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Democratic Constitutionalism and Cultural Heterogeneity

Abstract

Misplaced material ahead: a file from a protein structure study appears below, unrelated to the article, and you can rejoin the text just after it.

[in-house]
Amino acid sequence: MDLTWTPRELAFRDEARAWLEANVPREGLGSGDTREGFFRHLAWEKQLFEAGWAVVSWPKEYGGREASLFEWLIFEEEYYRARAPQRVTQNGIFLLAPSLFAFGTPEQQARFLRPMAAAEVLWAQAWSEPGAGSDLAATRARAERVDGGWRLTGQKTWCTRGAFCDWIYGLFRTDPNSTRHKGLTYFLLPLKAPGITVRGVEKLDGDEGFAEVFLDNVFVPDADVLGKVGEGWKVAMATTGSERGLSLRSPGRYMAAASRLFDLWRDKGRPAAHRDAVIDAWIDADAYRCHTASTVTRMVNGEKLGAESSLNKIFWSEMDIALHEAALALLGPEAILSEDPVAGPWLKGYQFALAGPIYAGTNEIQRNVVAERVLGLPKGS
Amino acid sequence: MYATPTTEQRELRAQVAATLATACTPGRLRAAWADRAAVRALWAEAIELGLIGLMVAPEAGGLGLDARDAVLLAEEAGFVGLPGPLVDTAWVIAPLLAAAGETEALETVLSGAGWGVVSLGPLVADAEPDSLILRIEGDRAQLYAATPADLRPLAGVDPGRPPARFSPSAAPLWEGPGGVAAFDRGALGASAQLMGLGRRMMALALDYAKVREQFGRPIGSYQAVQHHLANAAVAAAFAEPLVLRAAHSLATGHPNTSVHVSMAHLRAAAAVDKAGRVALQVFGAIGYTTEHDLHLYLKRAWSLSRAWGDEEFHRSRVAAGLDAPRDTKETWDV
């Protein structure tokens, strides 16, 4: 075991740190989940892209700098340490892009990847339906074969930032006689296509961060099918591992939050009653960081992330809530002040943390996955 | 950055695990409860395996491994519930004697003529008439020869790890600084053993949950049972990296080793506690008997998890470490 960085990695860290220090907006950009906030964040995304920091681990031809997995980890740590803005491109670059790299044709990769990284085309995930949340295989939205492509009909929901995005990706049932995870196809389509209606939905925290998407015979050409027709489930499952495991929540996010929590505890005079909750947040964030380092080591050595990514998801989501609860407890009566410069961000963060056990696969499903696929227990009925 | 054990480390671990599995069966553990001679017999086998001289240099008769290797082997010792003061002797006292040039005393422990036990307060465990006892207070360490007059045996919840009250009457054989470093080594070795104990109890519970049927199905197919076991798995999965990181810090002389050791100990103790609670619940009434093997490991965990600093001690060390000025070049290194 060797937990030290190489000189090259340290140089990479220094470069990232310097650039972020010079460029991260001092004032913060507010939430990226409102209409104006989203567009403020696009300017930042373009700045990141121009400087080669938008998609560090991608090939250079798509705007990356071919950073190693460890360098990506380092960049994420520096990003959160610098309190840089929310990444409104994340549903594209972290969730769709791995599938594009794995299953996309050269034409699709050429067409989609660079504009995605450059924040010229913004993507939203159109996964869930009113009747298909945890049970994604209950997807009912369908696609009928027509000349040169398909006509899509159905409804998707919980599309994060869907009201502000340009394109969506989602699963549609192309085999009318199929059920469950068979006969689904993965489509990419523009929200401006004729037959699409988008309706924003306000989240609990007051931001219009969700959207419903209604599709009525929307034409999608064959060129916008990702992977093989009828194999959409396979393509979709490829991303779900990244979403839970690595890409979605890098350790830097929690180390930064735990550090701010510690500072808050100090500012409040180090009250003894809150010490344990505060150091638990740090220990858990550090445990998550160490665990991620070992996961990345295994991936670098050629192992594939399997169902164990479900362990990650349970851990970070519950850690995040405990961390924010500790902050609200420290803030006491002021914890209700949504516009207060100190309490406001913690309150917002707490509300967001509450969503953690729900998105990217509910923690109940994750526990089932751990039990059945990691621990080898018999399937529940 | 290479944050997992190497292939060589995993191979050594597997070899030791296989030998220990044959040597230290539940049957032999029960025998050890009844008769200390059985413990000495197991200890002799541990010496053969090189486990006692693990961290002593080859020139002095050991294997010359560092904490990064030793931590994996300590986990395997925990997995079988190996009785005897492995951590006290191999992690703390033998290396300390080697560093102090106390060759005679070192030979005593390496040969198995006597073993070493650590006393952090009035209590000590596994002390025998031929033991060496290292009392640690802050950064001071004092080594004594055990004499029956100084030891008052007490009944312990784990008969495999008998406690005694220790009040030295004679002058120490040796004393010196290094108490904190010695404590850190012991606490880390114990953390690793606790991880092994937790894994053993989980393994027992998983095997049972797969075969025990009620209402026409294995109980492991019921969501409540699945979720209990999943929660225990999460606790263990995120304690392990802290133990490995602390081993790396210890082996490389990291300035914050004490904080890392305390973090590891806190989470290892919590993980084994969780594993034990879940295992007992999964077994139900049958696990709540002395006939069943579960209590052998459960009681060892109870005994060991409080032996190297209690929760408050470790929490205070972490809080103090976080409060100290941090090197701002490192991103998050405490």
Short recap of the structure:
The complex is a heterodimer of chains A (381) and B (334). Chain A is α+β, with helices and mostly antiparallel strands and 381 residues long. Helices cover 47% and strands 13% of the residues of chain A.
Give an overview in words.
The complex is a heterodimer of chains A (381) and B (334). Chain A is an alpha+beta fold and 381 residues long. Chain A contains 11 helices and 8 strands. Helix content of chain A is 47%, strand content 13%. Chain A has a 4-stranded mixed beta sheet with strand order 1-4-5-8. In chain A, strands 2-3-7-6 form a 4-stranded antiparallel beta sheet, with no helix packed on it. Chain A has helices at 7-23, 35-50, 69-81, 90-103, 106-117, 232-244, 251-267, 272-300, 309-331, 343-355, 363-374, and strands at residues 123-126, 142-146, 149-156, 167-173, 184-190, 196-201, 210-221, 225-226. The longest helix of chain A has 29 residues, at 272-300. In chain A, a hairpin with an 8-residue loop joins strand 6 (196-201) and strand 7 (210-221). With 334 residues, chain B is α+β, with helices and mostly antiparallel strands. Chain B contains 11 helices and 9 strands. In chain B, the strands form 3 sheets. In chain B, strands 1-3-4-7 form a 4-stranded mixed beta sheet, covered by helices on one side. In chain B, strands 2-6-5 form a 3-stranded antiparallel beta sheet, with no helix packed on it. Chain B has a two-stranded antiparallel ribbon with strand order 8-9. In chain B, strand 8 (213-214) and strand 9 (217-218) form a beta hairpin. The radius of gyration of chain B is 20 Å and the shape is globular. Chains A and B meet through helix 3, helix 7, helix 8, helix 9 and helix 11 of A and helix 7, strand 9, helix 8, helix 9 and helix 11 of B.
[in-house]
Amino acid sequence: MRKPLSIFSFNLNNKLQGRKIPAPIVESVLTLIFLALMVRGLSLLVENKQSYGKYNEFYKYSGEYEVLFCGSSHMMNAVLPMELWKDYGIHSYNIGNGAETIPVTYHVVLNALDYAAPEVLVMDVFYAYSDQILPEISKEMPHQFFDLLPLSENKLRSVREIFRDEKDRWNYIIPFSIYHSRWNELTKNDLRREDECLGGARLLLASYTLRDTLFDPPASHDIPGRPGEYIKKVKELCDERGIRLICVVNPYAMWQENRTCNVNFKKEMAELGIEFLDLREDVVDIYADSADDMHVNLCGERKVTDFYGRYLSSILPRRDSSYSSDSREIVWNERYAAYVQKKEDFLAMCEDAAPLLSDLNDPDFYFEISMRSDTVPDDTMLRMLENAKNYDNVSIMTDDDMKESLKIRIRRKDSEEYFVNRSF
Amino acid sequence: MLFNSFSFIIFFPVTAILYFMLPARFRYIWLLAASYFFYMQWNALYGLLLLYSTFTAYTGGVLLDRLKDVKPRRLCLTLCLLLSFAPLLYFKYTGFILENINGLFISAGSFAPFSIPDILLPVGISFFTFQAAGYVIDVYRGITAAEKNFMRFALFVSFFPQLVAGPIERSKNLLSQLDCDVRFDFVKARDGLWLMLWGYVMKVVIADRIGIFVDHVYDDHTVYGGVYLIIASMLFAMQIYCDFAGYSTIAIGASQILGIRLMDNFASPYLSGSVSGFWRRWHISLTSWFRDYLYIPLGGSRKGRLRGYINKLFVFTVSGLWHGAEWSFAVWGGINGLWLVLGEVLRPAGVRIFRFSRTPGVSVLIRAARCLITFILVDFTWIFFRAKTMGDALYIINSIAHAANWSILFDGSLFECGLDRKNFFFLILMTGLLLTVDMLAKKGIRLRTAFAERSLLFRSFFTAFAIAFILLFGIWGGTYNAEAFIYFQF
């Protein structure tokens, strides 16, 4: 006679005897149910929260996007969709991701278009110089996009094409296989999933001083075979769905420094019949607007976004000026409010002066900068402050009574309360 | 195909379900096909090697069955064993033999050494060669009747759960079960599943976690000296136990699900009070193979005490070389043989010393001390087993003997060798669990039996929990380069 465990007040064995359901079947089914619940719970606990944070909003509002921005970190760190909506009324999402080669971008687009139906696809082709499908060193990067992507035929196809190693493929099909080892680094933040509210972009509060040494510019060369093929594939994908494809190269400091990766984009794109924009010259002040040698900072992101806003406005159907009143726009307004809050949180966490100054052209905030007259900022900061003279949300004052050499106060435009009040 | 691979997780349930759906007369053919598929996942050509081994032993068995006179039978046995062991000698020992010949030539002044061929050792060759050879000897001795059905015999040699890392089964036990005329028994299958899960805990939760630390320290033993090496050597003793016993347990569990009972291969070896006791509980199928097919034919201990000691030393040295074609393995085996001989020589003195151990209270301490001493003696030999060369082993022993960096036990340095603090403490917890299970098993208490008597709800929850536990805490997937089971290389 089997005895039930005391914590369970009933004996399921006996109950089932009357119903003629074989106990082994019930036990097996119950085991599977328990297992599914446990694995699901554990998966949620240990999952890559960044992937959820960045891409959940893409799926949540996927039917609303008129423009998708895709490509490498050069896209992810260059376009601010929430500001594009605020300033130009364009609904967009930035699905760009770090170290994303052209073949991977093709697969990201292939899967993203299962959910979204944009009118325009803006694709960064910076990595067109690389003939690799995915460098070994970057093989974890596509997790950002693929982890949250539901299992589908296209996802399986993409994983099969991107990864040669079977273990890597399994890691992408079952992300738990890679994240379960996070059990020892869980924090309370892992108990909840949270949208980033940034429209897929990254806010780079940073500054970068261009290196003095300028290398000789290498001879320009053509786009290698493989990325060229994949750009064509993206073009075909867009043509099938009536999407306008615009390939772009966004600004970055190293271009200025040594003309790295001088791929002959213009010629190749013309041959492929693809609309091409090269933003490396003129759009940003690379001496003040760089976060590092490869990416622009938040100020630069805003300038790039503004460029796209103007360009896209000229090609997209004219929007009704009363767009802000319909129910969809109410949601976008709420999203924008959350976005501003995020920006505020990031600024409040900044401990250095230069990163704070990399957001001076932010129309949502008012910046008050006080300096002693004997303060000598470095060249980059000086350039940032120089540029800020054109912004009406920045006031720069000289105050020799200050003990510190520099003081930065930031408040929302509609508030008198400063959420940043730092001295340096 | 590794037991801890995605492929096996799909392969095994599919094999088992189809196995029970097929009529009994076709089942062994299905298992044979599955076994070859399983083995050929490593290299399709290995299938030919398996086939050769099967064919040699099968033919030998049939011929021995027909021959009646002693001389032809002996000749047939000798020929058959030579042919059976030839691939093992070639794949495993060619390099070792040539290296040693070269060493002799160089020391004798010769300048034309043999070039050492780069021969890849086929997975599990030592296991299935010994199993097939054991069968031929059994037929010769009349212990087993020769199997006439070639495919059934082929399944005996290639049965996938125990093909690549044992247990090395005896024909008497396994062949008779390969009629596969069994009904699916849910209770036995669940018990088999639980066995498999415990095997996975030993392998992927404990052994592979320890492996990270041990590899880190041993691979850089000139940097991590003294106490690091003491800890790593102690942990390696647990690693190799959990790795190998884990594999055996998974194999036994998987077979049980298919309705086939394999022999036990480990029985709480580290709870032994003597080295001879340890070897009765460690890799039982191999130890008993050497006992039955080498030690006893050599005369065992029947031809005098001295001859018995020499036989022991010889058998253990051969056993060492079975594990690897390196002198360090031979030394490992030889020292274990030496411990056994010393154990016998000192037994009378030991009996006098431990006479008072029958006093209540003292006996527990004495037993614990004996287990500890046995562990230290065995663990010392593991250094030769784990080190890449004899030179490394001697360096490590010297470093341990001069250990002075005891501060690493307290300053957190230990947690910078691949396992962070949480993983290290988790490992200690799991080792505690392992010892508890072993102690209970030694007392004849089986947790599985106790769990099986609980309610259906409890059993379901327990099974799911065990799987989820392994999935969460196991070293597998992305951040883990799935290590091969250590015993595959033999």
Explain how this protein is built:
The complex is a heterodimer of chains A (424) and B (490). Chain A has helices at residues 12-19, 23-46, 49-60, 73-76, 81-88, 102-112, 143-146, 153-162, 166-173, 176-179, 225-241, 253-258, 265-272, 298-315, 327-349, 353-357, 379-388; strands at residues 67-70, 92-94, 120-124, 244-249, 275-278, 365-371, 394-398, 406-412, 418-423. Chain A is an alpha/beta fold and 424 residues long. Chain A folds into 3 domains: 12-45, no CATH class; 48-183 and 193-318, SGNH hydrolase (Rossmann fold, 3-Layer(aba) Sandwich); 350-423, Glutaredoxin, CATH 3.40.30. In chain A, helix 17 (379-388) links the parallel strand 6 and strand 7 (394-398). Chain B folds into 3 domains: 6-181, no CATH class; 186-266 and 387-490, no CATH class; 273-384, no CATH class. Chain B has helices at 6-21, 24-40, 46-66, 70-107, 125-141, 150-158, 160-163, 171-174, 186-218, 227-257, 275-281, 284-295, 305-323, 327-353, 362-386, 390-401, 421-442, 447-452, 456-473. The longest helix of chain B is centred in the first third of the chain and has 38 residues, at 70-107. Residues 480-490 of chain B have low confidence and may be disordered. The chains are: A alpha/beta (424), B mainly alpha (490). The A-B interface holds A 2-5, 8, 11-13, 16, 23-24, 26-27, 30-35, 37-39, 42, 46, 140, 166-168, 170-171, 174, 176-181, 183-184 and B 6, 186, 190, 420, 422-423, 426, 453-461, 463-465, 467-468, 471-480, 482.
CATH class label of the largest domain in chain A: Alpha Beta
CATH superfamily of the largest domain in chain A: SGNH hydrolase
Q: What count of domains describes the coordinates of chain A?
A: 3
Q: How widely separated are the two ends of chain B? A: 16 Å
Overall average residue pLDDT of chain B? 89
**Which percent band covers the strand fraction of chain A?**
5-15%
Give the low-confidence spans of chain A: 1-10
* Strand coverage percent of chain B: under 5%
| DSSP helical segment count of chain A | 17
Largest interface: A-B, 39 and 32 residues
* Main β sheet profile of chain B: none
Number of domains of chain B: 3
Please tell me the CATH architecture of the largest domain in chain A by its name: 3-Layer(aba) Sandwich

This article explores the tensions between the value of democratic constitutionalism and the desire to protect cultural diversity. Democratic constitutionalism presupposes the ongoing construction of a collective agent, --"We the People"-- in whose name the state purports to govern. Using the work of Hanna Pitkin, the article explores the preconditions for this construction, with particular attention to Pitkin's observation that "how we are able to constitute ourselves is profoundly tied to how we are already constituted by our distinctive history," by our "fundamental ethos or temperament." The protection of cultural heterogeneity precisely challenges the premise of a "fundamental ethos or temperament." The article examines in detail three structural devices by which democratic states have sought to mediate this tension: individual rights, group rights, and the devolution of sovereignty (federalism). The article assesses the potential strengths and limitations of each of these devices for fostering cultural heterogeneity. It also evaluates the social and political strains that each of these mechanisms potentially places on the enterprise of democratic constitutionalism.

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